This entry was posted in autism, Center for Disability Studies, developmental disabilities, employment, people with disabilities, training, Uncategorized, University of Delaware and tagged Autism Delaware, Blueprint for Collective Action, CDS video, Delaware Department of Education, Delaware Department of Public Health, Delaware Family Voices, Delaware Network for Excellence in Autism (DNEA), Delaware schools, Leadership Education in Neurodevelopmental Disabilities (LEND), Nemours/A.I. DuPont Hospital for Children.
Posted on October 16, 2015
Gov. Jack Markell chats with students at last year’s Disability Mentoring Day event in Newark, Del.
On Oct. 21, the University of Delaware will continue its annual tradition of facilitating Disability Mentoring Day, a national event that encourages people with disabilities to envision their careers and connect with members of the business community. For the second year in a row, UD has collaborated with state leaders, educators and self-advocates to expand the day’s activities. Students and employers from New Castle, Kent and Sussex counties will be participating this year.
While Disability Mentoring Day is certainly meaningful, it is also just one day. Our state has far too many students with disabilities who fail to find a job after finishing high school and college. Many others are never even offered the opportunity to work in the community, instead moving from high school directly into isolated settings with no chance for pursuing career goals. And it seems that the problem is getting worse. According to the U.S. Department of Labor, the labor participation rate of adults with disabilities actually went down between 2013 and 2014, from an already-paltry 17.6 percent to 17.1 percent (meanwhile, the rate went up for adults without disabilities from 64 percent to 64.6 percent). One day of Disability Mentoring Day activities is certainly not enough to solve this seemingly indelible problem.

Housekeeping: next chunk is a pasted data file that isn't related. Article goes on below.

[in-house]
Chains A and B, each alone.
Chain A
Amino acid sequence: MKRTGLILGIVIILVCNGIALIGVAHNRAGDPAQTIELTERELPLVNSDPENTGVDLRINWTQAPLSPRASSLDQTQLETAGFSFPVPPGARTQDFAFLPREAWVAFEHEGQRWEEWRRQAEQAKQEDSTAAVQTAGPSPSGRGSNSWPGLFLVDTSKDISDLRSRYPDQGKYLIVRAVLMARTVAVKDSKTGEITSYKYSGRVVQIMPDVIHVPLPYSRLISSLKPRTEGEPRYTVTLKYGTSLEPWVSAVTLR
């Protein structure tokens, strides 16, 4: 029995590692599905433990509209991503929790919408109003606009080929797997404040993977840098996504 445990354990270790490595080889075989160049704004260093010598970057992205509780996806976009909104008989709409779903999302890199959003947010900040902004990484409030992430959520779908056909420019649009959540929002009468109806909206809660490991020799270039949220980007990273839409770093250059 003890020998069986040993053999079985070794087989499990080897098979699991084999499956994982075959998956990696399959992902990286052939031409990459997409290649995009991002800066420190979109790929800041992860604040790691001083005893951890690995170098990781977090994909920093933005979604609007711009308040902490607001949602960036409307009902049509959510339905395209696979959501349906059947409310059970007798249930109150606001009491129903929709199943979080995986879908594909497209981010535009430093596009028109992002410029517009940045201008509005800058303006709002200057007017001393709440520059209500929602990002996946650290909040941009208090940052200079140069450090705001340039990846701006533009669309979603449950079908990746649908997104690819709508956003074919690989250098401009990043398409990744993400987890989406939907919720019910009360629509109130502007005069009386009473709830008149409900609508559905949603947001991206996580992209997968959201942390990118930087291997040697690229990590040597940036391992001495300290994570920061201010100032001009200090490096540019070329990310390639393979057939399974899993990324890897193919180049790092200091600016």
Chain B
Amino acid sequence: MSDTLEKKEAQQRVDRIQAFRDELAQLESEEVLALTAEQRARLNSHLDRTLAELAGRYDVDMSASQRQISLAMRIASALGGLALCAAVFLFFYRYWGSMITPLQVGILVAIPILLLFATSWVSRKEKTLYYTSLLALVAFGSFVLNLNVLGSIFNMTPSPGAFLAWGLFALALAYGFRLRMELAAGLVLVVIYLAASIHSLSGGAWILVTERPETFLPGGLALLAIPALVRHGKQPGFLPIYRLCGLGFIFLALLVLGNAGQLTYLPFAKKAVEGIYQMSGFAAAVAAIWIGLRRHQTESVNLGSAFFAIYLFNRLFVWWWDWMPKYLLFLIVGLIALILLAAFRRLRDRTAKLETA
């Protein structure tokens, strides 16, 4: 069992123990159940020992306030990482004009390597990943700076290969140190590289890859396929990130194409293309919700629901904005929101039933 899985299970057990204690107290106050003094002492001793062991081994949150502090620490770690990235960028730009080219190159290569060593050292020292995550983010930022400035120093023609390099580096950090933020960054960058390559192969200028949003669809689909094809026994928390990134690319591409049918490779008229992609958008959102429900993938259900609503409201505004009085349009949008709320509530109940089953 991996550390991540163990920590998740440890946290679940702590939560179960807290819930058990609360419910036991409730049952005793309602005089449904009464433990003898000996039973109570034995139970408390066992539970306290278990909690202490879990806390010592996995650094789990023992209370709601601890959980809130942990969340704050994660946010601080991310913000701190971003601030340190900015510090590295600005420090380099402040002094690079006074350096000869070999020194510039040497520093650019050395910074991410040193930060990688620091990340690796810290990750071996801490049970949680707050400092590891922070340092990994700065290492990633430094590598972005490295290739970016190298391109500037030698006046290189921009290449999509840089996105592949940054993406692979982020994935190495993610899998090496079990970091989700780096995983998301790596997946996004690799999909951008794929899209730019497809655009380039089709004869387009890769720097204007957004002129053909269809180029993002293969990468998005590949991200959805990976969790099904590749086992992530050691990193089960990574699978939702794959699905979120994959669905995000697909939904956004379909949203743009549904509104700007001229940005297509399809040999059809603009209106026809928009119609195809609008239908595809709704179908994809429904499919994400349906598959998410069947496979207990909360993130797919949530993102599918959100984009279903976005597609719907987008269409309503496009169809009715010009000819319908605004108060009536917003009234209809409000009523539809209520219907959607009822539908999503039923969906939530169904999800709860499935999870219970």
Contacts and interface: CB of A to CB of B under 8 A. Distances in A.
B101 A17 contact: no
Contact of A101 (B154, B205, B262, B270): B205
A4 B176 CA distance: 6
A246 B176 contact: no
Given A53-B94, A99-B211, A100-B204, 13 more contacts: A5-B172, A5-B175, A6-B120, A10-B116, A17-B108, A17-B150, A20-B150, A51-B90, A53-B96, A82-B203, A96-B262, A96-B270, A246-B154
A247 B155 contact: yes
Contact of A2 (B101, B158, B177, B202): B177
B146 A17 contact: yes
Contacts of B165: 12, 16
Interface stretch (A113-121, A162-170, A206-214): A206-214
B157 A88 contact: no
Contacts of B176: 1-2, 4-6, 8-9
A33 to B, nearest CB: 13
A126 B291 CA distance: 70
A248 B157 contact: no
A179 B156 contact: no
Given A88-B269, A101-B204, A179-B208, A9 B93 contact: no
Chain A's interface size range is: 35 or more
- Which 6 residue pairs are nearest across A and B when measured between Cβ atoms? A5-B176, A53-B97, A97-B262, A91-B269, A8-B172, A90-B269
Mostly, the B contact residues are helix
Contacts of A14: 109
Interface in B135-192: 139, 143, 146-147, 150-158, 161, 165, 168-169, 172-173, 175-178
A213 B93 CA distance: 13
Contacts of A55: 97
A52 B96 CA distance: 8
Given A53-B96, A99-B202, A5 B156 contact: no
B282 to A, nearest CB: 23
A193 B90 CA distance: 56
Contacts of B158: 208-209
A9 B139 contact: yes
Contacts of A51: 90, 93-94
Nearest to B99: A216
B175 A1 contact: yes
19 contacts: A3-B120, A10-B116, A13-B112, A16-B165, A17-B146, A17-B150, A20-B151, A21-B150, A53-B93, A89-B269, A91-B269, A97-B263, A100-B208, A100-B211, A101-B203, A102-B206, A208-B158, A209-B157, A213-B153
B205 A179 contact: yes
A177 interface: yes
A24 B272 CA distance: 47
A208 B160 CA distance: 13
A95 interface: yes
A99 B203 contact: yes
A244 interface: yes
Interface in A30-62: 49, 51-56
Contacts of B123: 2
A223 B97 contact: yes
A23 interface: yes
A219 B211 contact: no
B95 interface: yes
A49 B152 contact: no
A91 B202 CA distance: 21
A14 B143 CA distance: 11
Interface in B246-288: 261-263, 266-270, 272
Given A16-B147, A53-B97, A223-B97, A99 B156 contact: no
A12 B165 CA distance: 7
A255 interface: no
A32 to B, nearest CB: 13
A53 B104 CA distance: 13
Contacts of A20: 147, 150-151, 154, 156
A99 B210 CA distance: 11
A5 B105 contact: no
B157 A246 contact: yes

One of the biggest reasons so many adults with disabilities are not employed is that they never get the chance to hold a job during adolescence or young adulthood. Research shows that paid or unpaid work experience during high school is one of the biggest predictors of future employment for students with disabilities. The opportunity to begin work at an early age promotes confidence and high expectations. It facilitates networking and fosters career development. This makes intuitive sense – most people can point to general skills they learned in a first job, mistakes that were made (and probably never repeated) and an internship that paved the way to getting hired.
Disability Mentoring Day offers a first step. Students with disabilities reflect on and are offered the chance to pursue their career goals. Employers are introduced to an untapped market of potential employees who have a particular interest in their field. Everyone typically ends the day feeling positively about the steps that have been taken and the connections that have been made.
What happens after Disability Mentoring Day then becomes just as critical. Connections between students with disabilities and employers usually will not develop on their own, due to the lack of priority, low expectations and negative stereotypes that are deeply embedded in our society’s general thinking about people with disabilities. Dedicated energy and resources are required to sustain the motivation that everyone feels on Disability Mentoring Day. One recent example of this is new federal legislation called the Workforce Innovation and Opportunity Act. WIOA mandates that states use federal funding to engage high school students with disabilities in career development activities. The University of Delaware’s Center for Disabilities Studies, along with several community providers, began working with the Division of Vocational Rehabilitation last summer to implement WIOA-funded activities and the results have been very positive. We need to continue to capitalize on short-term opportunities like Disability Mentoring Day and long-term opportunities like WIOA to maintain high expectations for students with disabilities and support their pursuit of employment and careers. Through sustained and dedicated effort, we can move the needle on employment and ensure stronger long-term outcomes for people with disabilities.